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Volunteers With Surfrider Foundation Transform Land Into Rain Garden

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Volunteers with the D.C. Chapter of the Surfrider Foundation to transform a swath of land slated for office buildings into a rain garden.
Jessica Gould
Volunteers with the D.C. Chapter of the Surfrider Foundation to transform a swath of land slated for office buildings into a rain garden.

When Michael Mills bought a condo in the Capitol Riverfront area in 2008, he expected brand new buildings to rise from the vacant lots that dot his neighborhood.

"Pre-recession, everything was going great," says Mills. "Signs going up. Buildings going down. Thinking that, by 2010-2011, everything would be built up. Then September '08 came around and that kind of put the kabash on things."

He says the buildings are coming along, but they're coming slowly. That's why he's working with a group of volunteers with the D.C. Chapter of the Surfrider Foundation to transform a swath of land slated for office buildings into a rain garden.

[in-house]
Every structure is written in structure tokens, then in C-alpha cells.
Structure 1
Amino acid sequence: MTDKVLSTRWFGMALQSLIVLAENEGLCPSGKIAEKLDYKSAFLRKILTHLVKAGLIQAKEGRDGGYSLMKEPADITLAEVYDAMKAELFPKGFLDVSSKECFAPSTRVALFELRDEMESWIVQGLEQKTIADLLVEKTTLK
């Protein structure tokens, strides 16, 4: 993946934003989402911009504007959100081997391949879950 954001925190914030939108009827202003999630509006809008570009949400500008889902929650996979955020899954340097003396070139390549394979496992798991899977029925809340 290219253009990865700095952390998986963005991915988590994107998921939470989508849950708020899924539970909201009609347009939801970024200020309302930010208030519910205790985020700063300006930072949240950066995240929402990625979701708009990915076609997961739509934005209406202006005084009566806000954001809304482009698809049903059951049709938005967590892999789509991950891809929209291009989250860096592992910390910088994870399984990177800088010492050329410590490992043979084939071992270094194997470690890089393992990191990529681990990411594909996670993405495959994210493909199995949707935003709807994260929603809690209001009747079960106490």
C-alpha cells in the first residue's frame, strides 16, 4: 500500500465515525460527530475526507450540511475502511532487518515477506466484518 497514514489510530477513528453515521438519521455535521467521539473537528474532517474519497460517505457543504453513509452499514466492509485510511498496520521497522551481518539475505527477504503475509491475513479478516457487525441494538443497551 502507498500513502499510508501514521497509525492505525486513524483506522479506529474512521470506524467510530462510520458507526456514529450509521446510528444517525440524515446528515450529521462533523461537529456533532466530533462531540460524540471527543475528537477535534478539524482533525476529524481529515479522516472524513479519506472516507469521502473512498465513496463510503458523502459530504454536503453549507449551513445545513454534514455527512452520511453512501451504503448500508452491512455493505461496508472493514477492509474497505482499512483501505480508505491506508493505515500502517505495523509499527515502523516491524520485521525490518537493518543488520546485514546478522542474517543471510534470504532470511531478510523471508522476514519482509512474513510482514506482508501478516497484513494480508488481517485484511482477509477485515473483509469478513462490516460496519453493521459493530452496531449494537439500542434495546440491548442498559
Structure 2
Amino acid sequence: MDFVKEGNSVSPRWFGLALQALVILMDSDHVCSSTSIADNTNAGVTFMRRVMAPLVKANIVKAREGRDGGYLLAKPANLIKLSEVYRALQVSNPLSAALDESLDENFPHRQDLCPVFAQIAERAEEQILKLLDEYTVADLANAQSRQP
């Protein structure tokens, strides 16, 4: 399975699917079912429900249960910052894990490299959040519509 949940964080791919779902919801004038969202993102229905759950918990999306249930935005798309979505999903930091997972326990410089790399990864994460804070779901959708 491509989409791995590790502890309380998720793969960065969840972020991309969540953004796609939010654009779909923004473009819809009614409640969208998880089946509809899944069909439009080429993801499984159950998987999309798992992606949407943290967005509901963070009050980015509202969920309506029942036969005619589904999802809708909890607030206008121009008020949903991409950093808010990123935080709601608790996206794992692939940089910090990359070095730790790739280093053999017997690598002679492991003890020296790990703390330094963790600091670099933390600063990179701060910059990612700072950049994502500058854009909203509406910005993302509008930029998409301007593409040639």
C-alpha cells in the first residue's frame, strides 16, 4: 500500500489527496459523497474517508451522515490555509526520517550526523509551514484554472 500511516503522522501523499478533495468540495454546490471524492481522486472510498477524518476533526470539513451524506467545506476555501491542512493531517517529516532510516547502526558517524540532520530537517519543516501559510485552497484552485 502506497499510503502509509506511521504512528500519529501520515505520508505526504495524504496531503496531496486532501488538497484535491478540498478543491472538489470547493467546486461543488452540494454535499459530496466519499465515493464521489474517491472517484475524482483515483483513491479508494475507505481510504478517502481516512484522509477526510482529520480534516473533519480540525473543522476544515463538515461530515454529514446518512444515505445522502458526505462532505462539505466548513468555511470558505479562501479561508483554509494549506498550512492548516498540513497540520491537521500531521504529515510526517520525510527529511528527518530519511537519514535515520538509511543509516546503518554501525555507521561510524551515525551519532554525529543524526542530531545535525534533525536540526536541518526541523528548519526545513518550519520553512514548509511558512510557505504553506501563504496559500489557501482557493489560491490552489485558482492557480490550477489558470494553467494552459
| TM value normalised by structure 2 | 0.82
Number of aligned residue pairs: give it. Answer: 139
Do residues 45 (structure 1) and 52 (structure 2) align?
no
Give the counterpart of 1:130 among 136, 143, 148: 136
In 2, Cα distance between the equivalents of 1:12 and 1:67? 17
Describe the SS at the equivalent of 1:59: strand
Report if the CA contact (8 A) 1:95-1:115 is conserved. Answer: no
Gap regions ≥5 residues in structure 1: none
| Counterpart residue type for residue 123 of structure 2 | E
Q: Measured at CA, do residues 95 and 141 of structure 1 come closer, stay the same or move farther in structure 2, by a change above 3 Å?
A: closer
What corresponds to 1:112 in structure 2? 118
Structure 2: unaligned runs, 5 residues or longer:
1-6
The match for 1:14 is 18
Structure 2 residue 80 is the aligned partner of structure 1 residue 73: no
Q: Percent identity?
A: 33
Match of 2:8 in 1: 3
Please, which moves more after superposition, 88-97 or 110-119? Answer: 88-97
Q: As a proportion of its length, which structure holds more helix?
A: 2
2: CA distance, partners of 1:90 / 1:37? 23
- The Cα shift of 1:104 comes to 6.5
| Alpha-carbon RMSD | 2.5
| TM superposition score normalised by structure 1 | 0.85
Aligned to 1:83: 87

"Right now I'm throwing rocks in a wheel barrow and creating a little gravel path. I'm not necessarily a tree hugger, but any green space to help the environment is great. And plus, being next door it helps give a little space and it also takes away from the abanonedness of the projects," he says.

The Surfrider Foundation's Julie Lawson, who helped win a grant from REI to support the project, explains how the new rain garden works.

"The surface is concrete, construction material and rocks, and it's not very porous," says Julie Lawson with the Surfrider Foundation. She helped with a grant from REI to support the project.

"So when it rains, the water just hits it and runs off into the street and collects all the pollution before it runs into the river," Lawson says. "And so one of our goals here is to soften up the space with some plants and trees and design it so water is contained."

Eric Siegel, vice president for developer Cohen Companies, says this particular property wasn't delayed by the recession, and construction will start on schedule. But, he says, when it comes to reducing stormwater runoff, even temporary solutions are worth it.

"I saw it as an opportunity to teach local residents so we can limit the amount of rain water and storm water that runs into the Anacostia," he says.

The nearly 5,000 square-foot garden, at the corner of Half and L Streets SE, will serve as an outdoor classroom until construction begins.

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